Constitution Daily

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How the 22nd Amendment came into existence

April 5, 2019 by Scott Bomboy

 

The Constitution’s 22nd Amendment is in the news after two congressional members engaged in a spirited debate this week about its purpose. To help readers understand the questions involved, here are some details about how the amendment that limits presidential terms of office became part of the Constitution.

Representative Alexandria Ocasio-Cortez said in a TV interview with MSNBC, “They had to amend the Constitution of the United States to make sure [Franklin] Roosevelt did not get reelected,” referring to the 22nd Amendment. Representative Liz Cheney responded on Twitter, saying, “We knew the Democrats let dead people vote. According to @AOC, they can run for President, too.” Ocasio-Cortez then told Cheney on Twitter that “the National Constitution Center + Newsweek are just two of many places where you can clarify your misunderstanding of the history of the 22nd Amendment.”

In this case, Ocasio-Cortez referred to one of our Constitution Daily blog posts mentioned in the Newsweek story. The blog post mentioned comments made by Republican presidential candidate Thomas Dewey in late October 1944 about a proposed presidential term limits amendment. President Roosevelt defeated Dewey for Roosevelt’s fourth term in office in November 1944 but died shortly after his inauguration in 1945. Congress did not approve the 22nd Amendment’s language until 1947, and the states did not ratify the amendment until 1951.

As a nonpartisan institution, the National Constitution Center does not have a stake in that debate. But there is an interesting story leading up to congressional approval of the 22nd Amendment and its ratification.

Background on Presidential Term Limits

In 2009, Thomas Neale from the Congressional Research Service detailed the long debate about presidential term limits at the 1787 Constitutional Convention in Philadelphia. The delegates considered a fixed term for the chief executive among several options. Initial ideas included a three-year or seven-year term of office, limited to one term. When the delegates could not agree on a solution, the question was referred to the Committee on Postponed Matters, which included Gouverneur Morris and James Madison. The Committee devised the Electoral College and a four-year term for the President with no term limits, among other important innovations. Neale says during the state ratification process, doubts from the anti-Federalists were offset by “the near certainty that George Washington would serve as first President under the Constitution.”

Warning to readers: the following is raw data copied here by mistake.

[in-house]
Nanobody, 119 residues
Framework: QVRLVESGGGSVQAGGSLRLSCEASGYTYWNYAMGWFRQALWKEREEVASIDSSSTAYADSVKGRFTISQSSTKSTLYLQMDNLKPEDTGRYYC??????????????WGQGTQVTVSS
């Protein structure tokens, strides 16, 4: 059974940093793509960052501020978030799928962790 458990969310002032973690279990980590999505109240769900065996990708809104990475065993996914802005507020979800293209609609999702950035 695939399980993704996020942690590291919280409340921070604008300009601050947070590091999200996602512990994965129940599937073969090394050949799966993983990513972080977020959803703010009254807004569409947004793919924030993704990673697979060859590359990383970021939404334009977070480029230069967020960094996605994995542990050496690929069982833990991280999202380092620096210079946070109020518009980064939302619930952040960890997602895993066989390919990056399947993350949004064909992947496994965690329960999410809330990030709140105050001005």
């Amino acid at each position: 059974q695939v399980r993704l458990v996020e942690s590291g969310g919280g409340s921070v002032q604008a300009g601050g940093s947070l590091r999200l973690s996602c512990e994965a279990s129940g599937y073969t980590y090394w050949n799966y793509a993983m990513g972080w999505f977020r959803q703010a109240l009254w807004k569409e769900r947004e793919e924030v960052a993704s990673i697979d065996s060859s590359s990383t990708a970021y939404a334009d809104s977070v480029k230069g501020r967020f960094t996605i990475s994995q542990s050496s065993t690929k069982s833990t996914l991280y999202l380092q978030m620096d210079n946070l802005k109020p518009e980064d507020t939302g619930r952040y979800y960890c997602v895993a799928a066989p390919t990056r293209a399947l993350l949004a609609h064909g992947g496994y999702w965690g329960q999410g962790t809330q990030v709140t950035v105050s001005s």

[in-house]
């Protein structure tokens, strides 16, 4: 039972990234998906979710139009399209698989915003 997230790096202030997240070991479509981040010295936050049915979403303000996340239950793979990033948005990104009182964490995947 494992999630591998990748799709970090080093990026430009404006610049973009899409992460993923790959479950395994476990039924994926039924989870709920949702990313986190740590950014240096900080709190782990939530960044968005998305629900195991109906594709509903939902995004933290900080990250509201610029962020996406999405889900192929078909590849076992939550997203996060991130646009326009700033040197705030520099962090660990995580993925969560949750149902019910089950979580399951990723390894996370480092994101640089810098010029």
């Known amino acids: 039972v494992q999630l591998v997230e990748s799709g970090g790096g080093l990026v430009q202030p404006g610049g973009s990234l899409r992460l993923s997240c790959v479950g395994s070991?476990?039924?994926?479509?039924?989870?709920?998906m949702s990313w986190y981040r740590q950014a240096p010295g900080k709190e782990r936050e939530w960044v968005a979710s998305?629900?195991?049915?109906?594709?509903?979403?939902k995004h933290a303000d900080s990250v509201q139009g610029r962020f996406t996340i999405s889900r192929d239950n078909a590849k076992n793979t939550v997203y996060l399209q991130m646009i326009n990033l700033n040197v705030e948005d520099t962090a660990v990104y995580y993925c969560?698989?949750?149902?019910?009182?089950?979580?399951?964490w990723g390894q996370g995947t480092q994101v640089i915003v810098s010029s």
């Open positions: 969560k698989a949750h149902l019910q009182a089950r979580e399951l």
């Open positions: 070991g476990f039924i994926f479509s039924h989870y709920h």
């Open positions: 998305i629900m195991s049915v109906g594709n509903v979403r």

These doubts about unlimited presidential terms of office did not fade away after President Washington set the unofficial two-term precedent in 1796. Scholar Stephen W. Stathis explains in a 1990 paper that Congress considered early versions of presidential term limit amendments in 1803 and 1808, and the Senate approved term-limit resolutions in 1824 and 1826, only to be rejected by the House.

The National Archives’s “Amending America” project shows that presidential term limit motions appeared in Congress over the next 140 years regularly, with the first possible amendment submitted to Congress in 1788 by Thomas Tucker.  In his 1897 report to the American Historical Association, Herman V. Ames listed 125 versions of presidential term limit amendments proposed to Congress between 1788 and 1896. “These were brought out chiefly by the fear that the President would use the patronage of his office to secure his reelection,” Ames said. “A large number of the amendments did not propose to change the term of the President as fixed by the Constitution, but to limit the number of times the same person could be chosen President.”